Here's the really annoying part--the program is titled Since We Were Born, which in this case means written since 1988 when the oldest of these cute little devils was born.

The program consists of John Adams� piano duo Halleluiah Junction, Terry Riley�s Cancion Desiertos for violin and guitar, David Conte�s Of A Summer Evening for guitar duo, Osvaldo Golijov�s The Last Round for string chamber orchestra, as well as pieces by the group�s resident composers. Preben Antonsen, also winner of a 2005 ASCAP Morton Gould Young Composers Award and a 2005 BMI Student Composer Award, will present Nicklecurve for violin and piano. Cmiel will present his Sonata for Lou Harrison for violin and piano.

Good work, Matthew. Looks like a terrific way to meet chicks.
Gutbucket: Messiaen-ic Punk

Gutbucket's Sludge Test is the latest salvo in the war against genre barriers. Accordingly, the Cantaloupe Music-released disc doesn�t make a reviewer�s job easy, but here�s my attempt at encapsulation: imagine jazz approached from metal on one side and contemporary classical, primarily of the Downtown variety, on the other. And now imagine that after the ensuing crash, klezmer, noise, Primus, and Roxy Music�s first album pull up in the next lane to rubberneck. Got it?

The group, consisting of sax, guitar, and rhythm section, looks like a quartet, plays like a band, and doesn�t quite sound like either. Head melodies and solos might make an occasional appearance, but they're not what the music is about. Likewise, rock energy is at the heart of what Gutbucket does, but it�s not the whole story. The group�s sectional approach to composition, which juxtaposes as much as it joins, is where the meat is. Tracks like �Money Management for a Better Life� and �Punkass Rumbledink� are onslaughts of riffs, licks, crashes, and squeals. �Circadian Mindfuck� and �Throsp%� offer glimpses of calm, but eventually refuse to give in. �Disciplining the Fugitive� and �Where Have You Gone, Mr. Squeegeeman?� are engaging rides through some of Sludgefest�s most lyrical, most frenzied, and most subdued (well, comparatively) moments. Then, there�s the concluding Messiaen cover. Yes, that�s right, Messiaen � in particular, �Danse de la fureur, pour les sept trompettes� from Quatuor pour la fin du temps. Perhaps surprisingly, perhaps not, the piece fits in perfectly once adapted for Gutbucket�s instrumentation.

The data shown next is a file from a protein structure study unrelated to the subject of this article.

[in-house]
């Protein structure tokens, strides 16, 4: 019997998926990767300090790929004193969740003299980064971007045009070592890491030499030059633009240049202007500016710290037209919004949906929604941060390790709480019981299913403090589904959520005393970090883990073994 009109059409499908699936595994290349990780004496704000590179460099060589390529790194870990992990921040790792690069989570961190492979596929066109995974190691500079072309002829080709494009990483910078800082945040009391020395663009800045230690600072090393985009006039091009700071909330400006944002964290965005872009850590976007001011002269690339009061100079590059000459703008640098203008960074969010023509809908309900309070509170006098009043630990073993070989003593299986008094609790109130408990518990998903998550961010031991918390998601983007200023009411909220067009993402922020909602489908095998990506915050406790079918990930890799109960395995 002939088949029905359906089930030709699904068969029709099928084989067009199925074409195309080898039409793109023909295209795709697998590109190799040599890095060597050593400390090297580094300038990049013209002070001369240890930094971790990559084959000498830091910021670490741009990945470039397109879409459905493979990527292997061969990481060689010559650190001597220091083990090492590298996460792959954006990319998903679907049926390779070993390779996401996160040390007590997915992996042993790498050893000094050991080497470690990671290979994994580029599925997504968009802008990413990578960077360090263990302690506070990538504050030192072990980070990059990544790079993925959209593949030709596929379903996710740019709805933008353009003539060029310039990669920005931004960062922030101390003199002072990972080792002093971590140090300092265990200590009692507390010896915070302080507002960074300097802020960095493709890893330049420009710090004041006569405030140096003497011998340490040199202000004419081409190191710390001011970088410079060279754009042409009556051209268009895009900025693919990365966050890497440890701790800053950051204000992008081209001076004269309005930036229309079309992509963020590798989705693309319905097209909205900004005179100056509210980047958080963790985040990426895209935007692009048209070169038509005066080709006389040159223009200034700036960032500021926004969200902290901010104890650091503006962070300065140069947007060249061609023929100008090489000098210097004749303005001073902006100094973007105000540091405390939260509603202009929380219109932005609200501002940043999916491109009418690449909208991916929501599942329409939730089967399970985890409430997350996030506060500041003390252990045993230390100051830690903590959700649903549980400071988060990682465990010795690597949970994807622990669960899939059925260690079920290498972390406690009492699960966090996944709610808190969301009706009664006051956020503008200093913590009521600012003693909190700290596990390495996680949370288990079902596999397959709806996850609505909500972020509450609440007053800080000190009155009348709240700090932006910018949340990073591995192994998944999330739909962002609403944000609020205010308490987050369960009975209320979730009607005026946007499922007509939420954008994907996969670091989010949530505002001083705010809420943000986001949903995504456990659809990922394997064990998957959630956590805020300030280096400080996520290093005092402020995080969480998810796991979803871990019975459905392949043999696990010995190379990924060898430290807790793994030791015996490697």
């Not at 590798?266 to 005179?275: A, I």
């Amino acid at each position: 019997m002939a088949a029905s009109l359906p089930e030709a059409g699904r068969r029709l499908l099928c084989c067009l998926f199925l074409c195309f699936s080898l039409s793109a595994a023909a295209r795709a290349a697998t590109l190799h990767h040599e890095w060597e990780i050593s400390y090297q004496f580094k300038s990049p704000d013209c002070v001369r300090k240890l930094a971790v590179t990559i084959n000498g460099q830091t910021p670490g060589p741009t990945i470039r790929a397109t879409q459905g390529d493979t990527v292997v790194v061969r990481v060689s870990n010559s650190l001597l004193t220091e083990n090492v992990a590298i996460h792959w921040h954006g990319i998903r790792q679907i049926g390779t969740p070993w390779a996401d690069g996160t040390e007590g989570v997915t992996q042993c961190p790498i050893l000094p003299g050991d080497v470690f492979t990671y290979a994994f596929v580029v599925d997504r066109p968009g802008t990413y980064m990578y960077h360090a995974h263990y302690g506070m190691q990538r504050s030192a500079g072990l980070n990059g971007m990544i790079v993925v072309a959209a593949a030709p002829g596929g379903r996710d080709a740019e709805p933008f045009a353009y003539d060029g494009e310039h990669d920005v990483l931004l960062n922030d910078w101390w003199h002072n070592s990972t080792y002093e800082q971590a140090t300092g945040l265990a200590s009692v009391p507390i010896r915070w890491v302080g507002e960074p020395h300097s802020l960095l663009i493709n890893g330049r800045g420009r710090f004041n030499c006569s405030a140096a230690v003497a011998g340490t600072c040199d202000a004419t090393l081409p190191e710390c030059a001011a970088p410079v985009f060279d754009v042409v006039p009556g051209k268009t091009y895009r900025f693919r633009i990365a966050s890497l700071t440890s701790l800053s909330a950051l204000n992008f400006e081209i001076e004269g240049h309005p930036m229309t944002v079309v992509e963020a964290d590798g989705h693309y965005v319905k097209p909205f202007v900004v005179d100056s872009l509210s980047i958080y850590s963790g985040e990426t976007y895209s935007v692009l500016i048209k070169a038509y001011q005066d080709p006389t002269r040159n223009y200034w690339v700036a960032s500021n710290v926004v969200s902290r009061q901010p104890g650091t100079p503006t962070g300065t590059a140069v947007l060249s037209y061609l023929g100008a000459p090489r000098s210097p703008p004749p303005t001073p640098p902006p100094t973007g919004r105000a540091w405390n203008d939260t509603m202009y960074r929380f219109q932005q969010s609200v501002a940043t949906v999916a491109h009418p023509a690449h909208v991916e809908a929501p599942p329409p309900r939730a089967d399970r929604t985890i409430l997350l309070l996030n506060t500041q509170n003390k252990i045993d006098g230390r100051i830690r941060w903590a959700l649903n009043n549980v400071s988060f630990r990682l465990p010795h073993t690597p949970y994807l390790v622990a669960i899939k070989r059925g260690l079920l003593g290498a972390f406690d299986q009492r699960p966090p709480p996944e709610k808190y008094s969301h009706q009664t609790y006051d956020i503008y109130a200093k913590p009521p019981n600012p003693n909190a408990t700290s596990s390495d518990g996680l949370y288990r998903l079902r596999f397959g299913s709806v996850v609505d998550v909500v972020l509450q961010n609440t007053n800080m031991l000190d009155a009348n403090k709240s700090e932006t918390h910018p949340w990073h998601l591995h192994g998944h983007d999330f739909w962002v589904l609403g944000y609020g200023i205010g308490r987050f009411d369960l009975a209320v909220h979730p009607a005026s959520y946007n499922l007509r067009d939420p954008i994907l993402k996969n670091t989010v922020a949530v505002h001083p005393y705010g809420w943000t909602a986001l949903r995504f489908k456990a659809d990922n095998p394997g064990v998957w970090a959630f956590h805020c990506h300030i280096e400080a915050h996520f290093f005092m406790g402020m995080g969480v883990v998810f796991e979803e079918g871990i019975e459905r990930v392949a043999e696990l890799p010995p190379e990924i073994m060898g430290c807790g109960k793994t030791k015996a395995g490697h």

I should warn listeners, however, that Gutbucket probably isn�t for everybody. As their naming conventions suggest, there�s something crass about the music; they�re loud, dissonant, and unapologetic. Accordingly, how I�d really like to see the labeling dilemma end is with these guys christened the New Punk. There�s a lot more to offend your parents with on Sludge Test than can be found on the collected discographies of today�s preened, major label �punk� bands. There�s a lot more to be excited about too.

A quick note for those of you who�d like to see take the test in person and live in New York, Gutbucket are playing a CD release on March 15th at Northsix in Brooklyn and at the Whitney on the 24th with labelmates Ethel.
A New Dynamic From Indiana

The nice folks at the Music Department at Indiana University Southeast have passed along a copy of the first release on their new record label, New Dynamic Records, and it's an outstanding launch to what promises to be an important new music venture.

The new CD is called Influence and includes works by Joan Tower, Michael Torke, Perry Goldstein, Robert Gibson, and Lu Pei, that were "influenced" by an outside source. For example, Goldenstein's Motherless Child Variations is influenced by Lithuanian folksongs and Joan Tower's Petroushates display a light touch of Celtic sea shanties. (Okay, okay, I jest.)

The recording is a splendid introduction to the work of five contemporary composers, some of them the usual suspects, but also a couple of promising fresh faces. Lu Pei's 9/11-influenced Xian He Ge/Song of Consonance reveals a distinct and intriguing musical voice that makes you want to hear more. The performances--by the Aurelia Saxophone Quartet, Eighth Blackbird Ensemble and the Amelia Piano Trio--are all first-rate and the sound quality is exceptional.